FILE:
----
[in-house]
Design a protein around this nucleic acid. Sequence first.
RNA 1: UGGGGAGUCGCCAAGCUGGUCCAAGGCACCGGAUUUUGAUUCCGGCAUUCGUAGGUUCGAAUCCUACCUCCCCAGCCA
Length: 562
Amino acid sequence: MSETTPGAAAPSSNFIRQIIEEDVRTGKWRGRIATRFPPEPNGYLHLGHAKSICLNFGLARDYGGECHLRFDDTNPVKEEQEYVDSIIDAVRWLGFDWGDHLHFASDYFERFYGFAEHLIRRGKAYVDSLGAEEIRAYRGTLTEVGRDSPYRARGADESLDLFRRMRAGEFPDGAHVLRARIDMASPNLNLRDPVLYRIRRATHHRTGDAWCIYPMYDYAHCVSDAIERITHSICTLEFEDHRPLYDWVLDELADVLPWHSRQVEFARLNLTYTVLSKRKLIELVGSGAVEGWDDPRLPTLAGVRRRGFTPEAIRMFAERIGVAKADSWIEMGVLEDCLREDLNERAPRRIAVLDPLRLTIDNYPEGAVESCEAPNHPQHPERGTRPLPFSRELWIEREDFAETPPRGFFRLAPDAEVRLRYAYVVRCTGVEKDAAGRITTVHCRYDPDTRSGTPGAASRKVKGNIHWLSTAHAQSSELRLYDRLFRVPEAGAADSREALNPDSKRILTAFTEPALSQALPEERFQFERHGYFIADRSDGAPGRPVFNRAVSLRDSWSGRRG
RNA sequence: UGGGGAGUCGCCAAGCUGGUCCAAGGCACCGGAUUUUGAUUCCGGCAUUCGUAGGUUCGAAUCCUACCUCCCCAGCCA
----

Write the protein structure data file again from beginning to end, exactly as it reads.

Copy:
[in-house]
Design a protein around this nucleic acid. Sequence first.
RNA 1: UGGGGAGUCGCCAAGCUGGUCCAAGGCACCGGAUUUUGAUUCCGGCAUUCGUAGGUUCGAAUCCUACCUCCCCAGCCA
Length: 562
Amino acid sequence: MSETTPGAAAPSSNFIRQIIEEDVRTGKWRGRIATRFPPEPNGYLHLGHAKSICLNFGLARDYGGECHLRFDDTNPVKEEQEYVDSIIDAVRWLGFDWGDHLHFASDYFERFYGFAEHLIRRGKAYVDSLGAEEIRAYRGTLTEVGRDSPYRARGADESLDLFRRMRAGEFPDGAHVLRARIDMASPNLNLRDPVLYRIRRATHHRTGDAWCIYPMYDYAHCVSDAIERITHSICTLEFEDHRPLYDWVLDELADVLPWHSRQVEFARLNLTYTVLSKRKLIELVGSGAVEGWDDPRLPTLAGVRRRGFTPEAIRMFAERIGVAKADSWIEMGVLEDCLREDLNERAPRRIAVLDPLRLTIDNYPEGAVESCEAPNHPQHPERGTRPLPFSRELWIEREDFAETPPRGFFRLAPDAEVRLRYAYVVRCTGVEKDAAGRITTVHCRYDPDTRSGTPGAASRKVKGNIHWLSTAHAQSSELRLYDRLFRVPEAGAADSREALNPDSKRILTAFTEPALSQALPEERFQFERHGYFIADRSDGAPGRPVFNRAVSLRDSWSGRRG
RNA sequence: UGGGGAGUCGCCAAGCUGGUCCAAGGCACCGGAUUUUGAUUCCGGCAUUCGUAGGUUCGAAUCCUACCUCCCCAGCCA